In this paper we investigate international trade flows of Major Conventional Weapons (MCW) using data provided by the Stockholm International Peace Research Institute (SIPRI). MCW include armoured vehicles, aircrafts, naval vessels etc. and SIPRI has collected all international arms transfers from 1950 to 2016 in a comprehensive database. The database includes information on the sending and the receiving country as well as the volume of the trades in a certain year. The volume is measured in so called TIV, shorthand for trend-indicator value(s), and represents the value of military resources that are exported. The data can be regarded as a year wise sequence of weighted networks where the countries are the nodes and the arms trade flows among them are the valued edges.
Several scholars have started to investigate arms trade using a network framework, but the available studies were restricted to binary relations, i.e. trade or no trade, see for example Willardson (2013), Akerman and Seim (2014), Kinne (2016) and Thurner et al. (2018). The central workhorse in inferential binary network analysis is thereby the Exponential Random Graph Model (ERGM), as introduced by Holland and Leinhardt (1981) (see also Frank and Strauss, 1986, Kolaczyk, 2009 and Lusher et al., 2012). Recent proposals for modelling valued networks within the ERGM class are provided by Krivitsky (2012) or the Generalized Exponential Random Graph Model (GERGM) by Desmarais and Cranmer (2012). The first model allows for discrete valued counts while in the GERGM the weights on the edges are transformed into interval data between zero and one. Both approaches are not suitable for modelling of arms trade data because the TIV is continuous and zero inflated (i.e. TIV stands for no trade). Nonetheless, the binary analysis, i.e. trade or no trade, is central, since trading of arms implies governmental agreement and contracts and therefore represents direct and indirect trust relations, regardless of the amount of trading (see e.g. Jackson, 2010).
In this paper, however, we focus on the amount of trading (if there is trading). Of particular interest is thereby the dependence structure of trading amounts, that is how is the trading amount of a country (to a country) influenced by other trading amounts. In order to do so, we change the viewpoint of the network and go from a representation with the nodes as countries and the edges being arms trade flows to a network where the nodes are the trade flows between two countries and the edges represent the dependencies among them. This yields a model that at least conceptually resembles models from spatial econometrics (see e.g. LeSage and Pace, 2009 and Kauermann et al., 2012). This model class was developed for capturing spatial effects and spillovers from nearby sites and can be transformed to model the dependence of similar arms trade flows. Models from spatial econometrics even have their own name in the social network methodology and are commonly called Network Autocorrelation Models (see for example Leenders, 2002 and Hays et al., 2010).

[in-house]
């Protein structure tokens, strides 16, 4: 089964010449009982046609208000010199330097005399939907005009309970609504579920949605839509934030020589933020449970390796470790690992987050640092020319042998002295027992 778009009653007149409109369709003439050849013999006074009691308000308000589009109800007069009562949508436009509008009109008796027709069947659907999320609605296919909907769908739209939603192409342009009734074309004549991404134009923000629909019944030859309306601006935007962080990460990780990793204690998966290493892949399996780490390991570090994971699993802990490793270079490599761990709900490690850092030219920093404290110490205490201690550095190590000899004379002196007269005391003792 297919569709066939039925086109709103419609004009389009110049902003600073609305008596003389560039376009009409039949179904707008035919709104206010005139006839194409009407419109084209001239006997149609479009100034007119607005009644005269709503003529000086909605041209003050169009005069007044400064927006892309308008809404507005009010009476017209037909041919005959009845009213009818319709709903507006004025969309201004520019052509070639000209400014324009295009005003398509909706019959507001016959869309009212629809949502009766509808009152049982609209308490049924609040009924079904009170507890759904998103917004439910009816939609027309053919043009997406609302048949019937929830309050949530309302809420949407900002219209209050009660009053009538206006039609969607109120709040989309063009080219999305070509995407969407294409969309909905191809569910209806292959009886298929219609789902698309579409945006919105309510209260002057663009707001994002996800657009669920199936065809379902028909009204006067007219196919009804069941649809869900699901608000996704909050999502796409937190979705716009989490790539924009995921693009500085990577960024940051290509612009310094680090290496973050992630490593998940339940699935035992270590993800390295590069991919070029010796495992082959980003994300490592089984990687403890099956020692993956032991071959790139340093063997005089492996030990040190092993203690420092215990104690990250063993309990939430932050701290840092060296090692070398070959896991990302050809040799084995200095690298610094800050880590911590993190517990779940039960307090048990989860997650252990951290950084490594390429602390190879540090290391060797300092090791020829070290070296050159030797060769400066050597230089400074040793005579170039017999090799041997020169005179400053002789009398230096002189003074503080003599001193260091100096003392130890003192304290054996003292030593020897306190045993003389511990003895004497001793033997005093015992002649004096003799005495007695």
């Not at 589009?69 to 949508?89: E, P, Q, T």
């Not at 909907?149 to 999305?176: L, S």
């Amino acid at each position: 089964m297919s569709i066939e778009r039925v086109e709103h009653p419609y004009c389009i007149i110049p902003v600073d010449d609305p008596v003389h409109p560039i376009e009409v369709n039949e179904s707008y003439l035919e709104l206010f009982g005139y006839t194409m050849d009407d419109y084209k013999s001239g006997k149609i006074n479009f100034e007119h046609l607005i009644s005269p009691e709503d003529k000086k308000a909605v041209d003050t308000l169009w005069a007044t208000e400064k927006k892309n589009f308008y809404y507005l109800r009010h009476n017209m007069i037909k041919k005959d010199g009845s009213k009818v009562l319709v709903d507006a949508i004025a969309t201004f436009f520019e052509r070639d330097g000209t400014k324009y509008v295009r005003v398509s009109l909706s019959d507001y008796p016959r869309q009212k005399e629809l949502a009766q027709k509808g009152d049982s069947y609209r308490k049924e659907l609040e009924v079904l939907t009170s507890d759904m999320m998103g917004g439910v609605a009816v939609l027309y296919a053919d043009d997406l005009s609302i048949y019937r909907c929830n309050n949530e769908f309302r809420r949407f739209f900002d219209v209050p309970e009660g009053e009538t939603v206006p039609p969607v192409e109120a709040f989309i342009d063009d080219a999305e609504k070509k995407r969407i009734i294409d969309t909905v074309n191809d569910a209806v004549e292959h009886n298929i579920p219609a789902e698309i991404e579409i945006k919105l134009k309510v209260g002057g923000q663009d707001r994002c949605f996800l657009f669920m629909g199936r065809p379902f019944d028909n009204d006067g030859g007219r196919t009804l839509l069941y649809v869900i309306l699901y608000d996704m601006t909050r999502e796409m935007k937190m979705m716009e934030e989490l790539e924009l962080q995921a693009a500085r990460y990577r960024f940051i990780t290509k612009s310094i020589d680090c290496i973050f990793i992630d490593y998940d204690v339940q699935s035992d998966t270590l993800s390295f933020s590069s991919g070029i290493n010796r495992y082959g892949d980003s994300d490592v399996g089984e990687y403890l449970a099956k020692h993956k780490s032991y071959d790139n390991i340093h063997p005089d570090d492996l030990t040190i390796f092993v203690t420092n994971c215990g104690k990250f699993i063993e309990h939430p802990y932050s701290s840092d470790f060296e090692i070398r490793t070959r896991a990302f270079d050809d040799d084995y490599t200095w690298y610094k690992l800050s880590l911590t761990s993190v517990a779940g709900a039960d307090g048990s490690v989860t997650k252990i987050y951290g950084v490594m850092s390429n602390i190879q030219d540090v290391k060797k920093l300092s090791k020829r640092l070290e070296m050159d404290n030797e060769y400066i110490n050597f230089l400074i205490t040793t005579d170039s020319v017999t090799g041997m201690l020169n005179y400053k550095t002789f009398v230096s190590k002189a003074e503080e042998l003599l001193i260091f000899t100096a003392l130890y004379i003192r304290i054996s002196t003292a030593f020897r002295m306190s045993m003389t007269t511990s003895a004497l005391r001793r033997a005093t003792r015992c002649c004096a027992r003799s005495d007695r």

The paper is organized as follows. In Section 2, we give a short description of the data, then in Section 3 we introduce our model and give different specifications and explanations for possible dependence structures. In Section 4 we present the results of our analysis. Section 5 concludes the paper.
2 Data description
The Stockholm International Peace Research Institute (SIPRI) is a unique data source on the international transfers of major conventional weapons. It covers more than 200 countries for the time period from 1950-2016 and includes information on the sending country, the receiving country as well as the type of MCW that is traded. Table 2 in Annex A.1 gives an overview of weapon systems included. SIPRI has developed a measure that represents arms trade flows as so called trend indicator values (TIV), based on production costs. The advantage of this measure is consistency over time and comparability of different arms systems. For detailed explanation of the data and methodology see SIPRI (2017b) or Holtom et al. (2012). The database can be accessed free of charge online at SIPRI (2017a).